Brand Stories: Netflix

Netflix has forever changed the media landscape, both in terms of how we consume television and movies and in the kind of content that we expect to see. But before they were one of the giants of Silicon Valley, they were a fledgling startup with a very different brand strategy. So how did they manage to become the powerhouse that they are today?

 

A Simple, But Competitive Concept

As hard as it may be to believe, Netflix has been around since 1998. Starting out as a service to rent DVDs by mail, Netflix found moderate initial success but feared growing competition from the likes of Apple, Walmart, and Amazon. Founder Reed Hastings sought to sell the company to Blockbuster, one of the biggest names in DVD rentals at the time. Blockbuster, wary of Netflix’s financial losses, declined Hastings’ offer.

Netflix executives recognized that DVDs “were not a hundred year format” and that major innovation would be necessary for survival. Thus, in 2007, Netflix launched streaming and played an instrumental role in making companies like Blockbuster totally obsolete.

 Welcome to the Future

An early issue that the company faced was the business of educating consumers. While they had a huge advantage in the streaming market by pioneering the format, introducing a brand-new concept like that to the public can be very challenging.

In the beginning, streaming was offered as a kind of supplement to customers’ DVD subscription packages. For $5.99/month, users were allowed access to 6 hours of low-grade video streaming (from a catalogue of just 1,000 or so titles). This was positioned as a kind of “in case you just can’t wait” feature, which was a smart tool for getting users into the bingewatching mindset.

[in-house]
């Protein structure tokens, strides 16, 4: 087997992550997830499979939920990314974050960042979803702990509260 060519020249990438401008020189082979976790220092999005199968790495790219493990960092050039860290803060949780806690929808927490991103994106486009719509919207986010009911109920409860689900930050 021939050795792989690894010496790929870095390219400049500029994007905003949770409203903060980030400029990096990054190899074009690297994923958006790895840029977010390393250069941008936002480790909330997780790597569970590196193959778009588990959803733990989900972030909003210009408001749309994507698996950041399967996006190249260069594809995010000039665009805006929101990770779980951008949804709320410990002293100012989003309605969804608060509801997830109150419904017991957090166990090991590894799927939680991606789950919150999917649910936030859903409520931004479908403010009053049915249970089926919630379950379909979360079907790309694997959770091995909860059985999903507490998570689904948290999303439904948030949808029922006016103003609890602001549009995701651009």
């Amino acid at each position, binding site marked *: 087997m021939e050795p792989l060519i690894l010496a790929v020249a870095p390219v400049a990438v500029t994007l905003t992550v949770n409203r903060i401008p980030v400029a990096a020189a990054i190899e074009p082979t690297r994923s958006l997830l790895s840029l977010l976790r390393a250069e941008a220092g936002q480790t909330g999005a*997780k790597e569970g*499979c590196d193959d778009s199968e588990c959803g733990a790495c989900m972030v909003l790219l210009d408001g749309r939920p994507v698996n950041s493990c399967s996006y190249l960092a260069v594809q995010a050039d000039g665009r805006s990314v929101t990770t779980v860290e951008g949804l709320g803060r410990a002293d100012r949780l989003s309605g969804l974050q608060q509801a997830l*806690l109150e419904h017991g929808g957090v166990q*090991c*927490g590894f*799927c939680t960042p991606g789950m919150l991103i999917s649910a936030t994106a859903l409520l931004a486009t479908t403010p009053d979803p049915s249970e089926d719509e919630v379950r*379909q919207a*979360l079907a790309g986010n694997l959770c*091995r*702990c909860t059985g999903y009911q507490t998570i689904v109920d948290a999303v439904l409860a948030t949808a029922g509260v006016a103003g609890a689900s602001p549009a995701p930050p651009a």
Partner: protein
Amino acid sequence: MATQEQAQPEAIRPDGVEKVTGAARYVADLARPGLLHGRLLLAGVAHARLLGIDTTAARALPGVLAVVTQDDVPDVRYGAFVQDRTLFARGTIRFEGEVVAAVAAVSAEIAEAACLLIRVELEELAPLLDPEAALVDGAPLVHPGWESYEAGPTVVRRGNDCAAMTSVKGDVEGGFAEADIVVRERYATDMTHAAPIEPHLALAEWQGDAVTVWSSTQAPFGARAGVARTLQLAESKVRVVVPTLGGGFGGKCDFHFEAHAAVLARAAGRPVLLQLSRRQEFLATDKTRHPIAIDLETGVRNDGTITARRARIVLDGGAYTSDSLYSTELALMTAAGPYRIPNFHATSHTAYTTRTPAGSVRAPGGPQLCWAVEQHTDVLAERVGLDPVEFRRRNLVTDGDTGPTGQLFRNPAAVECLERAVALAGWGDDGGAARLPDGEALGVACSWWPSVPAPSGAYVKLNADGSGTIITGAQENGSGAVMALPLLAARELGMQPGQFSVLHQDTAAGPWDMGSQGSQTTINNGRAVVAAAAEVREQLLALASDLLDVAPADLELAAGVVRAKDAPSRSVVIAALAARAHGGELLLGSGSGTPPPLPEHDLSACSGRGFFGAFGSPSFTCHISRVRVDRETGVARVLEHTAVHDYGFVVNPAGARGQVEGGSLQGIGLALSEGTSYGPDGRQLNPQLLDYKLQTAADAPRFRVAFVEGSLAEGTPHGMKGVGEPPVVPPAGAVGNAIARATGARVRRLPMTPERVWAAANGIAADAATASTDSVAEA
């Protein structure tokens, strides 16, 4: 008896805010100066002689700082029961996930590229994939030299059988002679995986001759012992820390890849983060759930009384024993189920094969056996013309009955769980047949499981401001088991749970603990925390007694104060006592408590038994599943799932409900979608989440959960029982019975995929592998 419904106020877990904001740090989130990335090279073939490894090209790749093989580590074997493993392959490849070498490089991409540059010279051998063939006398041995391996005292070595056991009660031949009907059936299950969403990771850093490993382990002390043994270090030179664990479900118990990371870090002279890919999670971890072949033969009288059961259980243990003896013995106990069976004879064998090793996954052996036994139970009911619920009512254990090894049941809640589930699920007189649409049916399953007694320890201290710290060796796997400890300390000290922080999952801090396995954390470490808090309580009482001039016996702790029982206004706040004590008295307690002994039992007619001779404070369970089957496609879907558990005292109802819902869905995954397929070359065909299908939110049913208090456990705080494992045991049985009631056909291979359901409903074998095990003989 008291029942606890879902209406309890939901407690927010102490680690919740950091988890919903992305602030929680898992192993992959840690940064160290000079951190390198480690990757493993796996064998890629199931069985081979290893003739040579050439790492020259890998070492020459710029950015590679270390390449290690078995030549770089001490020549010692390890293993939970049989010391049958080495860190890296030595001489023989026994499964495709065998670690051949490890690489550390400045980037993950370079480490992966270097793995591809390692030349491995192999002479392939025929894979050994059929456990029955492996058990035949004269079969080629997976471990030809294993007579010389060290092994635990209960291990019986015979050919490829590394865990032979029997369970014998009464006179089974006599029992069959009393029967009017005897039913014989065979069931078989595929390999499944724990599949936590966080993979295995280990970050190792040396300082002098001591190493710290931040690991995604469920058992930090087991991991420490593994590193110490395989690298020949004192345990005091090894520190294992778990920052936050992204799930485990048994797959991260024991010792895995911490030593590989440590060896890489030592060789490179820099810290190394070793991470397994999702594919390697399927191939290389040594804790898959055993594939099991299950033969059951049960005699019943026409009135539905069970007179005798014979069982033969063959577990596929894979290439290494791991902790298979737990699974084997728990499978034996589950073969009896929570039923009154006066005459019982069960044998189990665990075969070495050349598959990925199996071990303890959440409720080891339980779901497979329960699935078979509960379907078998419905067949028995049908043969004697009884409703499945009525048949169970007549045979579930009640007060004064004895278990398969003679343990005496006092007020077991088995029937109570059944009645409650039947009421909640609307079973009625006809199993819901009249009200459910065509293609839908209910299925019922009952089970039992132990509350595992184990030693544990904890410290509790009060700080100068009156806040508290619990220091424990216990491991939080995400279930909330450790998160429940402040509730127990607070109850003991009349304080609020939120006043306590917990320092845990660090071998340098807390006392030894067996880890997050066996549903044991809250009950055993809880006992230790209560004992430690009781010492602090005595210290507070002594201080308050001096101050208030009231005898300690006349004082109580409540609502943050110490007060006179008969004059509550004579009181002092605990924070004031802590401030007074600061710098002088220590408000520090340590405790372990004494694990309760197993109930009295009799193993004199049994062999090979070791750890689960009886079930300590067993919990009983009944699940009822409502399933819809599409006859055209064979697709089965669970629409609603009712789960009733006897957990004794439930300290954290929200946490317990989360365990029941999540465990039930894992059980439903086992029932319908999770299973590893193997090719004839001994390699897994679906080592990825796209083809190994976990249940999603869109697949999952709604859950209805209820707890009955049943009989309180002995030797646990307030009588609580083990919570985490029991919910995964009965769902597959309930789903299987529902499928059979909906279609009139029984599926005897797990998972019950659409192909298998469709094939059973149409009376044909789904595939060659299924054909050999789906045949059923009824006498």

Interestingly, some of the most valuable data gleaned from Netflix’s early streaming records was the popularity of the 1990s BBC series House of Cards, as this would eventually inform the company’s decision to remake the series. Netflix’s use of predictive analytics in creative development has contributed enormously to the explosive success of the brand, specifically its original content. This original content is especially valuable to Netflix, because unlike films and tv from other studios, Netflix retains all of the rights to their own work.

 

Thoughtful Brand Assets

Netflix’s logo evolution has constantly reflected the company’s growth and development. The original logo was a product of its time, looking distinctly “90s” with its gradient cinema reel.

The next variation, introduced in 2000, better reflected the company’s positioning as a DVD provider. The blocky font evokes old movie theatre marquis, grounding the idea of bringing the cinema experience to your mailbox.

2014 saw a modernization of the full logo, going to a flat variation in a time when many big brands were simplifying their fonts. However, the most exciting development happened in 2016, when Netflix started heavily using just an “N” to represent the brand. This marked a new display of confidence for Netflix, that the brand was so well-known that they only really needed one letter.

In 2019, Netflix began running a new logo animation before their original series. The logo breaks apart to reveal individual “strands” in a range of different colors, representing the “spectrum of stories, languages, fans, & creators that make Netflix beautiful.” This is an excellent example of a brand using its creative assets to strengthen its message and better connect with consumers.

Netflix is considered one of the premier case studies in corporate innovation and reinvention. Whatever their next big move is, it will be exciting to see how they continue to bring change and experimentation into their identity.

 

 

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